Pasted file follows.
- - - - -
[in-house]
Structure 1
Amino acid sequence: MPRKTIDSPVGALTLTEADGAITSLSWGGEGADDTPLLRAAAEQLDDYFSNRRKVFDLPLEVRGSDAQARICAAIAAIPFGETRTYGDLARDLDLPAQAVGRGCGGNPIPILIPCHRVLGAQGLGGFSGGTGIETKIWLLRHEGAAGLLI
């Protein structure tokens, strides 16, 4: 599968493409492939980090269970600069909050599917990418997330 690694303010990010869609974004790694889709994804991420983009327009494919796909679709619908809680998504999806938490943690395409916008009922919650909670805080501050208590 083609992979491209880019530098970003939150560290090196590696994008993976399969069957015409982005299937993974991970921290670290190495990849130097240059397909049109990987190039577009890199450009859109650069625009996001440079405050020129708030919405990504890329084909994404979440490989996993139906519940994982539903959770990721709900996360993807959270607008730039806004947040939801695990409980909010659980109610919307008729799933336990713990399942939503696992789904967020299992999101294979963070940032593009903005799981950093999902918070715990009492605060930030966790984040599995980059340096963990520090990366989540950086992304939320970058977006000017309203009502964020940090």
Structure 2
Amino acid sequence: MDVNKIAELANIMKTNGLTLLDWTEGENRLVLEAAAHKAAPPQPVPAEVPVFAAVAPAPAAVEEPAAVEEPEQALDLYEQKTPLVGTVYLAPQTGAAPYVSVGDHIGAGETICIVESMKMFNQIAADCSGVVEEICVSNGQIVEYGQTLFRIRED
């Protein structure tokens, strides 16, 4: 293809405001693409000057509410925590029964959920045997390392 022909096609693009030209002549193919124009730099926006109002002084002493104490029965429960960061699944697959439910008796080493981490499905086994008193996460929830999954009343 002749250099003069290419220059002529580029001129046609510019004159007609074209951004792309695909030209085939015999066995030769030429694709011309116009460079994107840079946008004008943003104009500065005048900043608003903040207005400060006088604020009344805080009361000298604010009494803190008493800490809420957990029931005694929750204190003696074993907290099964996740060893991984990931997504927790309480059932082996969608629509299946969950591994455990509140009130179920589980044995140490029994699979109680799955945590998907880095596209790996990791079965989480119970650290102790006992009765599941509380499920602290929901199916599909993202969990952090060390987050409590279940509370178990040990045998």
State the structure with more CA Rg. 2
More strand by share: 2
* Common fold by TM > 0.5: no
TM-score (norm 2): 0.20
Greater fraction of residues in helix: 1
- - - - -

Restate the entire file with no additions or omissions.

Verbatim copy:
[in-house]
Structure 1
Amino acid sequence: MPRKTIDSPVGALTLTEADGAITSLSWGGEGADDTPLLRAAAEQLDDYFSNRRKVFDLPLEVRGSDAQARICAAIAAIPFGETRTYGDLARDLDLPAQAVGRGCGGNPIPILIPCHRVLGAQGLGGFSGGTGIETKIWLLRHEGAAGLLI
């Protein structure tokens, strides 16, 4: 599968493409492939980090269970600069909050599917990418997330 690694303010990010869609974004790694889709994804991420983009327009494919796909679709619908809680998504999806938490943690395409916008009922919650909670805080501050208590 083609992979491209880019530098970003939150560290090196590696994008993976399969069957015409982005299937993974991970921290670290190495990849130097240059397909049109990987190039577009890199450009859109650069625009996001440079405050020129708030919405990504890329084909994404979440490989996993139906519940994982539903959770990721709900996360993807959270607008730039806004947040939801695990409980909010659980109610919307008729799933336990713990399942939503696992789904967020299992999101294979963070940032593009903005799981950093999902918070715990009492605060930030966790984040599995980059340096963990520090990366989540950086992304939320970058977006000017309203009502964020940090």
Structure 2
Amino acid sequence: MDVNKIAELANIMKTNGLTLLDWTEGENRLVLEAAAHKAAPPQPVPAEVPVFAAVAPAPAAVEEPAAVEEPEQALDLYEQKTPLVGTVYLAPQTGAAPYVSVGDHIGAGETICIVESMKMFNQIAADCSGVVEEICVSNGQIVEYGQTLFRIRED
């Protein structure tokens, strides 16, 4: 293809405001693409000057509410925590029964959920045997390392 022909096609693009030209002549193919124009730099926006109002002084002493104490029965429960960061699944697959439910008796080493981490499905086994008193996460929830999954009343 002749250099003069290419220059002529580029001129046609510019004159007609074209951004792309695909030209085939015999066995030769030429694709011309116009460079994107840079946008004008943003104009500065005048900043608003903040207005400060006088604020009344805080009361000298604010009494803190008493800490809420957990029931005694929750204190003696074993907290099964996740060893991984990931997504927790309480059932082996969608629509299946969950591994455990509140009130179920589980044995140490029994699979109680799955945590998907880095596209790996990791079965989480119970650290102790006992009765599941509380499920602290929901199916599909993202969990952090060390987050409590279940509370178990040990045998």
State the structure with more CA Rg. 2
More strand by share: 2
* Common fold by TM > 0.5: no
TM-score (norm 2): 0.20
Greater fraction of residues in helix: 1